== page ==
ORLANDO, Fla., June 9 (UPI) -- With approval from NASA, Kennedy Space Center's visitor attraction has resumed operations with limited hours and a cap on visitors following months of being closed due to the COVID-19 pandemic.
The space center's visitor complex, which its operators say attracts more than 1.5 million visitors a year, is allowing only 25 percent of its total capacity for now, said Howard Schwartz, senior director of marketing and sales. Schwartz declined to provide details about capacity.
"We're trying to make sure we abide by guidelines set by the state and national health organizations, and that we are actually being even more cautious," Schwartz said this week. "We analyzed the traffic flow we normally get, and square footage, and settled on 25 percent for now."
Tickets cost just over half of their prepandemic price: $29.99 plus tax for adults, compared to $57 previously. That's because many attractions are not available yet, including the Astronaut Training Experience that opened in 2018.
Bus tours that normally would take visitors to view launch pads, the massive Vehicle Assembly Building and the standalone Apollo/Saturn V Center still are on hold. Astronaut appearances -- a popular event at the complex for decades -- are are unavailable right now.
But visitors can see the retired space shuttle Atlantis, a collection of rockets in the so-called Rocket Garden, the U.S. Astronaut Hall of Fame and the Journey to Mars multimedia exhibit that highlights rovers and potential trips to the Red Planet in the future.
During normal times, the visitor complex arranges special tickets for launch viewing, allowing guests who pay a premium access within a few miles of the pad. For now, however, launch viewing is allowed only inside the visitor complex, which is 10 miles from most launch pads.
Launch viewing from the complex is permitted only from 10 a.m. to 4 p.m. EDT. If a launch is scheduled outside those times, visitors will have to find another vantage point at parks or beaches or on the side of the road.
Officials will evaluate additional crowd capacity and hours as time passes, but no definite schedule has been set yet, Schwartz said.
In a bid to boost attendance, the complex is offering a free ticket to return in 2021 when officials hope all attractions will have reopened.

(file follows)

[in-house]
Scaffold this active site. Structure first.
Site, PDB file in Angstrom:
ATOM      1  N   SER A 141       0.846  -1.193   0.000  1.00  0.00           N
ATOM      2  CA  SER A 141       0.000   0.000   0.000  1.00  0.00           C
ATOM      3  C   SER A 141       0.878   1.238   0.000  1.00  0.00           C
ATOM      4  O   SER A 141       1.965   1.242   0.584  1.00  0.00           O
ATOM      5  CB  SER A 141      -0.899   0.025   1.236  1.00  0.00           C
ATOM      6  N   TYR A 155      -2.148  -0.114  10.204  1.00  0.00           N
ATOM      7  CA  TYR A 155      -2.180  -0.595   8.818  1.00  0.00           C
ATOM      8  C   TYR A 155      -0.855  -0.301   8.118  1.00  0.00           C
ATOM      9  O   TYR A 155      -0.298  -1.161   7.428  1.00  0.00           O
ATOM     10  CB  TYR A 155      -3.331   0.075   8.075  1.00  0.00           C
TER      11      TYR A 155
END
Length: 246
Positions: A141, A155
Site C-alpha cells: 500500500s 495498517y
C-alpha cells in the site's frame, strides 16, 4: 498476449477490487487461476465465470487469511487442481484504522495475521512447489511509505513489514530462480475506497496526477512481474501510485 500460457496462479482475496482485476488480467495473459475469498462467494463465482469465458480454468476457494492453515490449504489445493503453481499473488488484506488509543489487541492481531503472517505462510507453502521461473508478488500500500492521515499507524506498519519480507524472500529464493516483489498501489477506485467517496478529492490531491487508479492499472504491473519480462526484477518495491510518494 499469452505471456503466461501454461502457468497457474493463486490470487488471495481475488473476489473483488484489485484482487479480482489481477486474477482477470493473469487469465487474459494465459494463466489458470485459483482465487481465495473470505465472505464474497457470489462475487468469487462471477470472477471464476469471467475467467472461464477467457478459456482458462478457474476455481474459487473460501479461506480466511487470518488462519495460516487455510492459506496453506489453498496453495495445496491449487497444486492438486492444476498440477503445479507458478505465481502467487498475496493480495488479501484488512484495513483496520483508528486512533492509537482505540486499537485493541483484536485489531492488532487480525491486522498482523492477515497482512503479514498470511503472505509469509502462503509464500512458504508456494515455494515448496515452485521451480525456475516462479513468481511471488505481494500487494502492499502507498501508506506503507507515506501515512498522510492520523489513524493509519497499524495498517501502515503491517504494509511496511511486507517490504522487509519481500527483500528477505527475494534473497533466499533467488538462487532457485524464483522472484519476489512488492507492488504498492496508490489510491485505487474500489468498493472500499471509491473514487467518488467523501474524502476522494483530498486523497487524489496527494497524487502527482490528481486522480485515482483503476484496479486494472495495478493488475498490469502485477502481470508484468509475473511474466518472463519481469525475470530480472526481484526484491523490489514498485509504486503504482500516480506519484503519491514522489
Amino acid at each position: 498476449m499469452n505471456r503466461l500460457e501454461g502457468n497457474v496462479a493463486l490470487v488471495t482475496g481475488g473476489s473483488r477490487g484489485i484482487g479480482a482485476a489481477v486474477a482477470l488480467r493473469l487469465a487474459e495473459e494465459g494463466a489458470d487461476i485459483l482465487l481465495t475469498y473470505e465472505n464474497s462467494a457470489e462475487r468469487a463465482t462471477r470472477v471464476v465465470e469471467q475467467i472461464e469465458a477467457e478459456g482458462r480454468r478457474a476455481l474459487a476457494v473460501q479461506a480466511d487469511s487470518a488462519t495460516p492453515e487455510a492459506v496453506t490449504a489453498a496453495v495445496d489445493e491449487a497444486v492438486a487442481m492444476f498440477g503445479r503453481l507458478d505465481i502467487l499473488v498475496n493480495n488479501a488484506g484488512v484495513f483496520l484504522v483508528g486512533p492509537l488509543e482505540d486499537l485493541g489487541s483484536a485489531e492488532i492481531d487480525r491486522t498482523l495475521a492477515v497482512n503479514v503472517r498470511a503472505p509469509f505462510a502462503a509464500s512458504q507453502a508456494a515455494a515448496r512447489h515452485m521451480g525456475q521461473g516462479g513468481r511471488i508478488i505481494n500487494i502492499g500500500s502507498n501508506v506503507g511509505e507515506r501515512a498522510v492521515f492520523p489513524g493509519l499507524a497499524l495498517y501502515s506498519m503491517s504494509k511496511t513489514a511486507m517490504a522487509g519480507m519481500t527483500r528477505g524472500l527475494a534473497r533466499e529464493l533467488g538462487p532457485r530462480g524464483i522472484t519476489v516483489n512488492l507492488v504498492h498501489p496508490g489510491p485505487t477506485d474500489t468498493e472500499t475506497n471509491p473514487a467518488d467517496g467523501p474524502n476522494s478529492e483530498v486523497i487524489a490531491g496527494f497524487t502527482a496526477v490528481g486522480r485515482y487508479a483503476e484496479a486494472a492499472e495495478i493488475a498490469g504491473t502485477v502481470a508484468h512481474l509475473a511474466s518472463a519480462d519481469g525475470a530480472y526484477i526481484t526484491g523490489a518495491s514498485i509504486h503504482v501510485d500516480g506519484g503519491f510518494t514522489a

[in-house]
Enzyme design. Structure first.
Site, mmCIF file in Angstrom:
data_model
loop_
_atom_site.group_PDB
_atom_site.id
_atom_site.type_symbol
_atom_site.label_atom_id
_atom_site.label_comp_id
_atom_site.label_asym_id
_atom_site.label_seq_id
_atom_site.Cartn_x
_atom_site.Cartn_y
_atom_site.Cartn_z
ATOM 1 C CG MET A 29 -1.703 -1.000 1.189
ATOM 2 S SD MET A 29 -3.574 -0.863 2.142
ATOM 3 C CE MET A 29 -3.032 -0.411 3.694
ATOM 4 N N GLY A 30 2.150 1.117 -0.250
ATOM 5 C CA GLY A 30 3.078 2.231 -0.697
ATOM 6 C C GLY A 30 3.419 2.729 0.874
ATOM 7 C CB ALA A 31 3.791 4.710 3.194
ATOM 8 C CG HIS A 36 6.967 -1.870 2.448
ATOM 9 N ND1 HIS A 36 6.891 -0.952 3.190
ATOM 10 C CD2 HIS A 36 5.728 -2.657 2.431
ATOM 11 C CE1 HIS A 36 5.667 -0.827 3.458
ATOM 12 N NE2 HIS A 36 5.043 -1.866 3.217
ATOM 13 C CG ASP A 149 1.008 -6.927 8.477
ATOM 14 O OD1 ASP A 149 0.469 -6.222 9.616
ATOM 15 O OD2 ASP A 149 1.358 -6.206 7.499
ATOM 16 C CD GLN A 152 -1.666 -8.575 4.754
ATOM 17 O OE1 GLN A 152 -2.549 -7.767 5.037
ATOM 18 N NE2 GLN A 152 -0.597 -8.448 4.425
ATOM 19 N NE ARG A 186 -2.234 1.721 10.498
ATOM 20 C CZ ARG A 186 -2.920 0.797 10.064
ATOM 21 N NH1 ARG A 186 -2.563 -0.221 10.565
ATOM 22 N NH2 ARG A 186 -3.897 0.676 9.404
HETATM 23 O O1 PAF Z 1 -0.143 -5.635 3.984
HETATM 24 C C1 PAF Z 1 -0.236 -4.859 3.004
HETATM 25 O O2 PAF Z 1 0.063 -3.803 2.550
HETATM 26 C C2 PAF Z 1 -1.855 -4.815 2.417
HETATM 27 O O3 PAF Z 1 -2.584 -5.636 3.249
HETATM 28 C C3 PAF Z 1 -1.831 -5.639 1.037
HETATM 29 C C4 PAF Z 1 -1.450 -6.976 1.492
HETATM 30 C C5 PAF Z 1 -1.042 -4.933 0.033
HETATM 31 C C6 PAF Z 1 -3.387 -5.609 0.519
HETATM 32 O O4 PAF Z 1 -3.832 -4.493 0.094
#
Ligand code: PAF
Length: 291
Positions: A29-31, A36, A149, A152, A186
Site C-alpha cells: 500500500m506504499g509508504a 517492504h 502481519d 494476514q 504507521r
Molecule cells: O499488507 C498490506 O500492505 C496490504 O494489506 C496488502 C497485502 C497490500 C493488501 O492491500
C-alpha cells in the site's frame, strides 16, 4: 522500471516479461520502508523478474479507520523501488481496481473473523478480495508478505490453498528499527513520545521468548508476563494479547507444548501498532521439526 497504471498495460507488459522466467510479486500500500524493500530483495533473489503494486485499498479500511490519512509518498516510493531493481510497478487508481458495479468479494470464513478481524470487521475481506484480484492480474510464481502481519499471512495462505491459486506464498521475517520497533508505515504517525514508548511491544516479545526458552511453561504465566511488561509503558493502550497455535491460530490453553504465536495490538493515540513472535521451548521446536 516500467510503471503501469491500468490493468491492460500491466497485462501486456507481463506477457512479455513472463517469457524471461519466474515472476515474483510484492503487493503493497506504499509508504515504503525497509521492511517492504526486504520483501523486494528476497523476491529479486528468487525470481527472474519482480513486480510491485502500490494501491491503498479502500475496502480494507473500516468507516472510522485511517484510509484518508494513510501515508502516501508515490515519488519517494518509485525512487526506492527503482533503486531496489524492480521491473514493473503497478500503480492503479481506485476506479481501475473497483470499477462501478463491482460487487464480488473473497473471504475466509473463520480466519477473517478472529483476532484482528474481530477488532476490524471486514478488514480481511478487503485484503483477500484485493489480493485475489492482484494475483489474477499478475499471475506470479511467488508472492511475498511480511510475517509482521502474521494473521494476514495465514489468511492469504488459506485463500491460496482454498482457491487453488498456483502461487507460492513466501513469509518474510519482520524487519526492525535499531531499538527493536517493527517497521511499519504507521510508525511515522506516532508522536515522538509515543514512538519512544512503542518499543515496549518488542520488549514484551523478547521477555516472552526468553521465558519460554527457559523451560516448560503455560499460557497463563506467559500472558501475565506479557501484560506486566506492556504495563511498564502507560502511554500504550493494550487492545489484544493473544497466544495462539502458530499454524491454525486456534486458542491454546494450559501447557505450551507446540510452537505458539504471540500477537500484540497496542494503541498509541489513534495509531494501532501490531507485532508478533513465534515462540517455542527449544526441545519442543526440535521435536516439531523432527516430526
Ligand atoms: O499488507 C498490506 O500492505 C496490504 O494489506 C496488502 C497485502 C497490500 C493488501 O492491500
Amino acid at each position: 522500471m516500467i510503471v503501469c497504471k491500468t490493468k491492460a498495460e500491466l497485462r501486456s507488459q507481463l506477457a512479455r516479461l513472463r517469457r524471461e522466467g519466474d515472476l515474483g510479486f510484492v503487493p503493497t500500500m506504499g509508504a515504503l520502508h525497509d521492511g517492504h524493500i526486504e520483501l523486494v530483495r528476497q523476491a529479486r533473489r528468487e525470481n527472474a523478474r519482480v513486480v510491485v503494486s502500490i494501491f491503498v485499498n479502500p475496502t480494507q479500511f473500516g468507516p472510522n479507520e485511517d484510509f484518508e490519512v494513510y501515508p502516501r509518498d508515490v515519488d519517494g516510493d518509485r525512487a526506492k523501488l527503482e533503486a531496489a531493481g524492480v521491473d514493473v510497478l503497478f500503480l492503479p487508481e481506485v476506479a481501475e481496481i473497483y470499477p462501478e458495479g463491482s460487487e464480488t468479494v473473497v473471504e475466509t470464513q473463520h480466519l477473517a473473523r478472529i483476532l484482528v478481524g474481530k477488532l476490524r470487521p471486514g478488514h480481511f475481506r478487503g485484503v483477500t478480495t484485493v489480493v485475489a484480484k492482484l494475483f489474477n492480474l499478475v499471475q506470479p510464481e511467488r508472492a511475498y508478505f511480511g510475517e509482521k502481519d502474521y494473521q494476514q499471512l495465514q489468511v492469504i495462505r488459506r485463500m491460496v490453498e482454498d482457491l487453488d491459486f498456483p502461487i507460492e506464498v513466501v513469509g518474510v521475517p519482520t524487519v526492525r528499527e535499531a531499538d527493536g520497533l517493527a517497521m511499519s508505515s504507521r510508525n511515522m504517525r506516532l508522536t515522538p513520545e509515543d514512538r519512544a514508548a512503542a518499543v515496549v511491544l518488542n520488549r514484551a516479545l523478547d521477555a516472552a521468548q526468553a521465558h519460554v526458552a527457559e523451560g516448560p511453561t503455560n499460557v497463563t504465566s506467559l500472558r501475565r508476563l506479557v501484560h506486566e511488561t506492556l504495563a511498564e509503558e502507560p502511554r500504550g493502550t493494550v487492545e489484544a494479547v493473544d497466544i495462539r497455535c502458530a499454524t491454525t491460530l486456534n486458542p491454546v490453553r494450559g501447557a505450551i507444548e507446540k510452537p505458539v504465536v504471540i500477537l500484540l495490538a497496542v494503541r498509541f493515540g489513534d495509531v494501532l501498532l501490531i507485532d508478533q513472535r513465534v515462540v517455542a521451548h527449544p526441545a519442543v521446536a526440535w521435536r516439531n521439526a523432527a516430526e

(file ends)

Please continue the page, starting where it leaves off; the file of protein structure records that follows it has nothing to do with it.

Masks are required for all visitors and employees -- except when eating -- and staff has been trained to approach anyone not wearing a mask, Schwartz said.
So far, the complex has reported few problems other than people inadvertently getting too close or leaving their mask off.
Like many other businesses and Florida's major theme parks, social distancing is required at the complex. Signs are posted on the floors to remind visitors to stay six feet apart.
For concessions, complex managers encourage touch-free transactions with credit cards and no required signature. Hand sanitizer stations provided in numerous locations, and the staff cleans and sanitizes common spaces frequently, according to the complex's reopening plan.
Visitor center staff, who work for concessionaire Delaware North, based in Buffalo, N.Y., were furloughed during the shutdown. The center recalled 100 employees for opening day, May 28, and will recall more as needed, Schwartz said. He declined to provide a total employment number.
The Kennedy Space Center visitor complex is one of the largest attractions in central Florida -- the world's most popular tourist destination at over 70 million visitors per year in recent years.
Local officials are helping to spread the word that the attraction has reopened, said Pete Cranis, executive director of the region's Space Coast Office of Tourism.
"The visitor complex is a big driver of tourism here," Cranis said. "People from all over the world come and want to see rockets and NASA history, along with launches."
He said the May 30 launch of astronauts to the International Space Station on a SpaceX rocket brought up to 200,000 people to the area, some of whom bought tickets for the complex.
The tourism office will roll out a new campaign Monday to raise awareness about reopening. It's called "Space Coast: We have space for you."
NASA has 10 major field centers, including the space center. All of them welcome visitors in some capacity.
Other large visitor centers include Space Center Houston, adjacent to NASA's Johnson Space Center, which plans to reopen June 28 to limited members and to the public July 1 with restrictions.
The U.S. Space & Rocket Center in Huntsville, Ala. -- next to NASA's Marshall Space Flight Center -- reopened to the public with restrictions May 30.
Astronauts return to space from U.S. soil
Newly arrived NASA astronauts Bob Behnken and Doug Hurley, front row from left to right, pose for a photo with the rest of the crew aboard the International Space Station on May 31. On the back row, from left to right are Roscosmos flight engineer Anatoly Ivanishin, NASA Commander Chris Cassidy and Roscosmos engineer Ivan Vagner. Photo courtesy of NASA